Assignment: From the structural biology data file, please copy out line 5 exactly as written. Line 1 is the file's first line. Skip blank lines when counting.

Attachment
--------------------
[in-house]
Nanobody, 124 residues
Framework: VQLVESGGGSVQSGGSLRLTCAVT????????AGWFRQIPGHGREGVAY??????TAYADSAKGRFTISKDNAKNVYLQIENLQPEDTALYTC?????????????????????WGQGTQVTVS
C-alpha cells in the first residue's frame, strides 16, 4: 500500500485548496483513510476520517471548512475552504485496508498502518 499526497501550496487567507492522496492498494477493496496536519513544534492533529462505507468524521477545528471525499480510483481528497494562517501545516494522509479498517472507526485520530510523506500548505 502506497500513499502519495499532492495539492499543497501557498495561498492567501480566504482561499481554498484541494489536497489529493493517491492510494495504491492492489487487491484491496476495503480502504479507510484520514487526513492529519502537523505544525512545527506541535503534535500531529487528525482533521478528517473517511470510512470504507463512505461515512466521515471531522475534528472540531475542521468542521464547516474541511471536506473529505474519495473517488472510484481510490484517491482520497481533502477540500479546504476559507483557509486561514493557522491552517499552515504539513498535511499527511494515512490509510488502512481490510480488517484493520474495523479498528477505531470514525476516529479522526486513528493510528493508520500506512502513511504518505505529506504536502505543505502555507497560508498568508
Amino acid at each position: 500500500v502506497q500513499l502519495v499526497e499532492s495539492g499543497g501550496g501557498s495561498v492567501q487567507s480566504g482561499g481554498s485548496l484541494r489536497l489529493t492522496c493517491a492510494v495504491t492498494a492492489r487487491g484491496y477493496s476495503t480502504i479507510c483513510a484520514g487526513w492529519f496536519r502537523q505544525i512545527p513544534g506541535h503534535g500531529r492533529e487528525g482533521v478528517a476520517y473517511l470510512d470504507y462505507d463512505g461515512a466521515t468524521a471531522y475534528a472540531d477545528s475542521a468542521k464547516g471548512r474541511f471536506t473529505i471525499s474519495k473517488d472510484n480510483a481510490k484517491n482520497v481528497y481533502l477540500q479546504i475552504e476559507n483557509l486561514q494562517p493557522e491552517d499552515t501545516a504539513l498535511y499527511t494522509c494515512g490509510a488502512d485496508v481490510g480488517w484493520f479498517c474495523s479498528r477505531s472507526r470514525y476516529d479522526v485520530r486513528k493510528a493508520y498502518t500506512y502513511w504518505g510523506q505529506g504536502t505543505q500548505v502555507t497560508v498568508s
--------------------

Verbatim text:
Amino acid at each position: 500500500v502506497q500513499l502519495v499526497e499532492s495539492g499543497g501550496g501557498s495561498v492567501q487567507s480566504g482561499g481554498s485548496l484541494r489536497l489529493t492522496c493517491a492510494v495504491t492498494a492492489r487487491g484491496y477493496s476495503t480502504i479507510c483513510a484520514g487526513w492529519f496536519r502537523q505544525i512545527p513544534g506541535h503534535g500531529r492533529e487528525g482533521v478528517a476520517y473517511l470510512d470504507y462505507d463512505g461515512a466521515t468524521a471531522y475534528a472540531d477545528s475542521a468542521k464547516g471548512r474541511f471536506t473529505i471525499s474519495k473517488d472510484n480510483a481510490k484517491n482520497v481528497y481533502l477540500q479546504i475552504e476559507n483557509l486561514q494562517p493557522e491552517d499552515t501545516a504539513l498535511y499527511t494522509c494515512g490509510a488502512d485496508v481490510g480488517w484493520f479498517c474495523s479498528r477505531s472507526r470514525y476516529d479522526v485520530r486513528k493510528a493508520y498502518t500506512y502513511w504518505g510523506q505529506g504536502t505543505q500548505v502555507t497560508v498568508s